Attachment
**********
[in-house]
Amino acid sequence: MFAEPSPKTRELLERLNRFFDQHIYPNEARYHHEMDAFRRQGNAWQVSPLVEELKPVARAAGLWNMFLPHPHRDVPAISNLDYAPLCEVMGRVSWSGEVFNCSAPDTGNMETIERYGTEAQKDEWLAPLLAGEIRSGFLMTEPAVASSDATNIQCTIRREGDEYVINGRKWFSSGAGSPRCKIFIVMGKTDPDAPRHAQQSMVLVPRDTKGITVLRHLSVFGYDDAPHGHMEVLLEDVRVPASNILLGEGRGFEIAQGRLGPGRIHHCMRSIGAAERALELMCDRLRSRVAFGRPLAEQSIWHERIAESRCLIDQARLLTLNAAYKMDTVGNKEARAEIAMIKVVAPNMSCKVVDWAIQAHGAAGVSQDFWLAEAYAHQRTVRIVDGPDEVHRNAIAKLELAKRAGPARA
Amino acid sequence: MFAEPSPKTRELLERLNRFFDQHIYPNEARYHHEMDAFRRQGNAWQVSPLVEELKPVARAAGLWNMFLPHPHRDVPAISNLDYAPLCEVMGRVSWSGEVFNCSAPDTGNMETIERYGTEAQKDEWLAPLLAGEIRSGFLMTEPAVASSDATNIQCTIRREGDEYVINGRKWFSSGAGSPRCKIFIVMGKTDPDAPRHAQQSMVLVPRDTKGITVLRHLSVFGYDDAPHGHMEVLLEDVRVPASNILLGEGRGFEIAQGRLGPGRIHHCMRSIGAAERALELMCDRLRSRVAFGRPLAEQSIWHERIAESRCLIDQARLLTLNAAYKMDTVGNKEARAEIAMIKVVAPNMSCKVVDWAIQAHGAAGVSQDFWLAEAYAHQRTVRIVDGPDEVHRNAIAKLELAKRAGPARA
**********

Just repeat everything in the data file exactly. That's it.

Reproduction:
[in-house]
Amino acid sequence: MFAEPSPKTRELLERLNRFFDQHIYPNEARYHHEMDAFRRQGNAWQVSPLVEELKPVARAAGLWNMFLPHPHRDVPAISNLDYAPLCEVMGRVSWSGEVFNCSAPDTGNMETIERYGTEAQKDEWLAPLLAGEIRSGFLMTEPAVASSDATNIQCTIRREGDEYVINGRKWFSSGAGSPRCKIFIVMGKTDPDAPRHAQQSMVLVPRDTKGITVLRHLSVFGYDDAPHGHMEVLLEDVRVPASNILLGEGRGFEIAQGRLGPGRIHHCMRSIGAAERALELMCDRLRSRVAFGRPLAEQSIWHERIAESRCLIDQARLLTLNAAYKMDTVGNKEARAEIAMIKVVAPNMSCKVVDWAIQAHGAAGVSQDFWLAEAYAHQRTVRIVDGPDEVHRNAIAKLELAKRAGPARA
Amino acid sequence: MFAEPSPKTRELLERLNRFFDQHIYPNEARYHHEMDAFRRQGNAWQVSPLVEELKPVARAAGLWNMFLPHPHRDVPAISNLDYAPLCEVMGRVSWSGEVFNCSAPDTGNMETIERYGTEAQKDEWLAPLLAGEIRSGFLMTEPAVASSDATNIQCTIRREGDEYVINGRKWFSSGAGSPRCKIFIVMGKTDPDAPRHAQQSMVLVPRDTKGITVLRHLSVFGYDDAPHGHMEVLLEDVRVPASNILLGEGRGFEIAQGRLGPGRIHHCMRSIGAAERALELMCDRLRSRVAFGRPLAEQSIWHERIAESRCLIDQARLLTLNAAYKMDTVGNKEARAEIAMIKVVAPNMSCKVVDWAIQAHGAAGVSQDFWLAEAYAHQRTVRIVDGPDEVHRNAIAKLELAKRAGPARA